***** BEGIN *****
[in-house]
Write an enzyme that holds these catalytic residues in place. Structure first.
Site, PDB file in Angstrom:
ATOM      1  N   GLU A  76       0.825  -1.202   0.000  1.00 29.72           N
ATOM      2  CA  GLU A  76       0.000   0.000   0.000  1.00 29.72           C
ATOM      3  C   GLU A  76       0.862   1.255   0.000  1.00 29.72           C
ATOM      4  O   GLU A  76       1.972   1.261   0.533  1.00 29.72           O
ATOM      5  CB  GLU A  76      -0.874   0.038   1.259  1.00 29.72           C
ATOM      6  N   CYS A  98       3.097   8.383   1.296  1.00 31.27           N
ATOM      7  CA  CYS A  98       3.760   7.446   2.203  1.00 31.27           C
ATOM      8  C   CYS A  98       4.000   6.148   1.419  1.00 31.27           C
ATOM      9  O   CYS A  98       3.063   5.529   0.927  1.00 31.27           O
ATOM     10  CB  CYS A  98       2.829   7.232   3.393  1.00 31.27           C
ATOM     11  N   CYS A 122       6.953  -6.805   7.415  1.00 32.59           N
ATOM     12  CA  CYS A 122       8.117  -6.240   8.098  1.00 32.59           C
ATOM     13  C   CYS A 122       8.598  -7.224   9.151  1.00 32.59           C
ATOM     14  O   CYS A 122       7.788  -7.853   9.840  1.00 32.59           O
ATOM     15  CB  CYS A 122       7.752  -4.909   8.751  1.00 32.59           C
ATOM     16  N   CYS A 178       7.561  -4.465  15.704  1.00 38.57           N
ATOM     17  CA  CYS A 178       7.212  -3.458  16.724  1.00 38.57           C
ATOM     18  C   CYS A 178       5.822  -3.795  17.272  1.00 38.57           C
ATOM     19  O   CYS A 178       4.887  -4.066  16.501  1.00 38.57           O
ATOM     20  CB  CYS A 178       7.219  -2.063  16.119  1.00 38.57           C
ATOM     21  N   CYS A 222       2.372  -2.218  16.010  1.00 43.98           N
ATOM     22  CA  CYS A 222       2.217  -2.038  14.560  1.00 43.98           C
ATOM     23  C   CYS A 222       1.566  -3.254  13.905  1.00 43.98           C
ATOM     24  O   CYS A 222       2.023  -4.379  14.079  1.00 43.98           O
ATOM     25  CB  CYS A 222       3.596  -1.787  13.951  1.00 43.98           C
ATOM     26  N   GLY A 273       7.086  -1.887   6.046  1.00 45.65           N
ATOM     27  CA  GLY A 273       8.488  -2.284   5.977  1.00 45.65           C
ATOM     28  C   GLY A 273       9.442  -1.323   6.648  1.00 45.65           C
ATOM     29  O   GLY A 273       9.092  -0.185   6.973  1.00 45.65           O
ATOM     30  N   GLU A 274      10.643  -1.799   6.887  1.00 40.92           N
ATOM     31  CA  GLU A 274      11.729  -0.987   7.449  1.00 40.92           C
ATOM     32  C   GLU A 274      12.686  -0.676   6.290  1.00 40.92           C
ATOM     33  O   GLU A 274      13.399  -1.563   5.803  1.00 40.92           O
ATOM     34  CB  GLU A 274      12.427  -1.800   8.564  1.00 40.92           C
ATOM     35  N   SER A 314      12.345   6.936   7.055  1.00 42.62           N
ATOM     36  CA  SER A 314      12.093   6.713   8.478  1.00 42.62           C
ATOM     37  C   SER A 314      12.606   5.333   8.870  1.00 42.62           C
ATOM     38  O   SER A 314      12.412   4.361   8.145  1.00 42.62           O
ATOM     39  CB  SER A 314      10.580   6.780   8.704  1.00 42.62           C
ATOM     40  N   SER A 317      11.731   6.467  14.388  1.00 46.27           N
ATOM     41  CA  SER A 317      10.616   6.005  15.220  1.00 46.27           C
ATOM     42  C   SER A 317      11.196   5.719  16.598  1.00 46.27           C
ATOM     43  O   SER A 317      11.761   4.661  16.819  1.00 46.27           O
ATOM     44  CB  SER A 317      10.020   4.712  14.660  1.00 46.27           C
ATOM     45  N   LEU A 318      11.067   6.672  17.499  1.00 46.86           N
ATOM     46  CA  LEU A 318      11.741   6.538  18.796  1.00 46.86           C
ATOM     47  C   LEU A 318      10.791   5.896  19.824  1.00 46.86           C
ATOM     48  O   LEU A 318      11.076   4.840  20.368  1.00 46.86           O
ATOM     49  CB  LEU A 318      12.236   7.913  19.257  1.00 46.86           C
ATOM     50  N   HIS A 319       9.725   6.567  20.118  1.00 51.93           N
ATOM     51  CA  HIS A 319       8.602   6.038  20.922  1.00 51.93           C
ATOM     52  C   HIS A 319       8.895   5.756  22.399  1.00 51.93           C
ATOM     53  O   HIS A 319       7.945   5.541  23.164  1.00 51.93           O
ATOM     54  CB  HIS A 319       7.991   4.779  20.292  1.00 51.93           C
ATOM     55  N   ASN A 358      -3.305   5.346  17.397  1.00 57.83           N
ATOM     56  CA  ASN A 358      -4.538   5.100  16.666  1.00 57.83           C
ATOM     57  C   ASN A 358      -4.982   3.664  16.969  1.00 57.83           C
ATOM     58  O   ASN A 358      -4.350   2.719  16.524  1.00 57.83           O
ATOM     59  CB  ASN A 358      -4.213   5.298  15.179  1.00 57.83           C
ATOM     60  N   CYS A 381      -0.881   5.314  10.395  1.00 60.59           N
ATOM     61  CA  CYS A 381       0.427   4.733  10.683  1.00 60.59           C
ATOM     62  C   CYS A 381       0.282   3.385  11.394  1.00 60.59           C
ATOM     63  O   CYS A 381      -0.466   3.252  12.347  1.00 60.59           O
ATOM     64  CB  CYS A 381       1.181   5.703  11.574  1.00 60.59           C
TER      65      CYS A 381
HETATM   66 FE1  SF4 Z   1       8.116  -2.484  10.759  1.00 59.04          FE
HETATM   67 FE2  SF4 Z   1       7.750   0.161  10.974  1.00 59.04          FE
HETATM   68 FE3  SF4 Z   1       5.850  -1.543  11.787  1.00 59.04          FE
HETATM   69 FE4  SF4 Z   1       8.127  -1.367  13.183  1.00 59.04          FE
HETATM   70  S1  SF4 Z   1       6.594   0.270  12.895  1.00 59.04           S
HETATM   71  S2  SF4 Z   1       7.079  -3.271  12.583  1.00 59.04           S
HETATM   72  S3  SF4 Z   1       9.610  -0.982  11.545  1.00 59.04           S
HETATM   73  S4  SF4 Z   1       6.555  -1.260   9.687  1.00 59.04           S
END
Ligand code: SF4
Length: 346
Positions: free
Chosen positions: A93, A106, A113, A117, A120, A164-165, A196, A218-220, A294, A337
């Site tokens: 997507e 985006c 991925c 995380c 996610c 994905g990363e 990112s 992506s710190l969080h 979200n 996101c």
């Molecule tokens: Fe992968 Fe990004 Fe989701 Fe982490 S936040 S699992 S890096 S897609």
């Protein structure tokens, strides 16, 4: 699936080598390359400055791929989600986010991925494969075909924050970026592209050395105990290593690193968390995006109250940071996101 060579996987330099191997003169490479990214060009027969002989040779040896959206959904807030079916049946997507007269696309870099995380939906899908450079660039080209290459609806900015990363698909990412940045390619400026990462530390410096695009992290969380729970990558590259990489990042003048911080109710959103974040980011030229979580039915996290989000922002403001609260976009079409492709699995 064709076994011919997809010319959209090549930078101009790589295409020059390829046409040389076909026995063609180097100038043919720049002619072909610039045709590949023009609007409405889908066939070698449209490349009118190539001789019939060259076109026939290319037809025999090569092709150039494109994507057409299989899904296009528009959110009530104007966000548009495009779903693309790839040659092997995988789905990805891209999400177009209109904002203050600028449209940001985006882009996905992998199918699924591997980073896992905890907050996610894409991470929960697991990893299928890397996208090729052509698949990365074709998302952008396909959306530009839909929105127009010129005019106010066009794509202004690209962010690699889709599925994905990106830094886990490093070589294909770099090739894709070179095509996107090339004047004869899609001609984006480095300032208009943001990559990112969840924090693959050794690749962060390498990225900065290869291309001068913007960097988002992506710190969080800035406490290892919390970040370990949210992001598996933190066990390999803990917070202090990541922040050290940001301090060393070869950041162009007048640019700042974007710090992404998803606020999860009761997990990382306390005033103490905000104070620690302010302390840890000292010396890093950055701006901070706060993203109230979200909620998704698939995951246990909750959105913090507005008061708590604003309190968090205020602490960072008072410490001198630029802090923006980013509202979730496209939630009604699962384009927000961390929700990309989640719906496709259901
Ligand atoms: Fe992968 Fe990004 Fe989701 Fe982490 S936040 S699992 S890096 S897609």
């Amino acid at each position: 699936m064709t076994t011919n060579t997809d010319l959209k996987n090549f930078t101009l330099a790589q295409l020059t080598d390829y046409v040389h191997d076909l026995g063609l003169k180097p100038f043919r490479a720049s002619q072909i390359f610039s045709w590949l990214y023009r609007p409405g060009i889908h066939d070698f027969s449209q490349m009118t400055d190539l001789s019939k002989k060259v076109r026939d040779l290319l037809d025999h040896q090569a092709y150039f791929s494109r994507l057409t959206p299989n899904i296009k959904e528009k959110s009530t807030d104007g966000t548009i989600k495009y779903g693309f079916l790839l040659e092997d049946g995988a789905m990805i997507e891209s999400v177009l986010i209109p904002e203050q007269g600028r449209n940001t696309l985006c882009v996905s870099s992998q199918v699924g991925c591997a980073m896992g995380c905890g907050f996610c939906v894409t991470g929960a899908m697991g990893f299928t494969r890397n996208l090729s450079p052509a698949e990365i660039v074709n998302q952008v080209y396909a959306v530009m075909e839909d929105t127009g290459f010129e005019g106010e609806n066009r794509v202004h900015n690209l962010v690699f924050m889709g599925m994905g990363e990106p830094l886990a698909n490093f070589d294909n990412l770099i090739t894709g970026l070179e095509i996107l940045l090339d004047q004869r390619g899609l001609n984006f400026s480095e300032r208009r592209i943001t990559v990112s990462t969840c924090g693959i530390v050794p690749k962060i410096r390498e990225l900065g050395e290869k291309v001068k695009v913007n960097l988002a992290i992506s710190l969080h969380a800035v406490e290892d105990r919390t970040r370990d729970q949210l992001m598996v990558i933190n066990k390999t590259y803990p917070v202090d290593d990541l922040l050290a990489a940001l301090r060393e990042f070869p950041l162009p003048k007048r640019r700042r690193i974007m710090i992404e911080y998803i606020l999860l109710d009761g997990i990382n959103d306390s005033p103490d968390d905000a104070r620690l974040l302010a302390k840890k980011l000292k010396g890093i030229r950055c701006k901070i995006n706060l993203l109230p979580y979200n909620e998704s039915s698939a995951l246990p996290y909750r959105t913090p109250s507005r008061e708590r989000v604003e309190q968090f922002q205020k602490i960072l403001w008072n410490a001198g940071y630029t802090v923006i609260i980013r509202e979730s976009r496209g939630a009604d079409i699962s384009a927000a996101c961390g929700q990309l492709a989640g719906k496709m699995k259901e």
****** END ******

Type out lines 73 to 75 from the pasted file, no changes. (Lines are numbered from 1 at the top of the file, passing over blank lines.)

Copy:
HETATM   70  S1  SF4 Z   1       6.594   0.270  12.895  1.00 59.04           S
HETATM   71  S2  SF4 Z   1       7.079  -3.271  12.583  1.00 59.04           S
HETATM   72  S3  SF4 Z   1       9.610  -0.982  11.545  1.00 59.04           S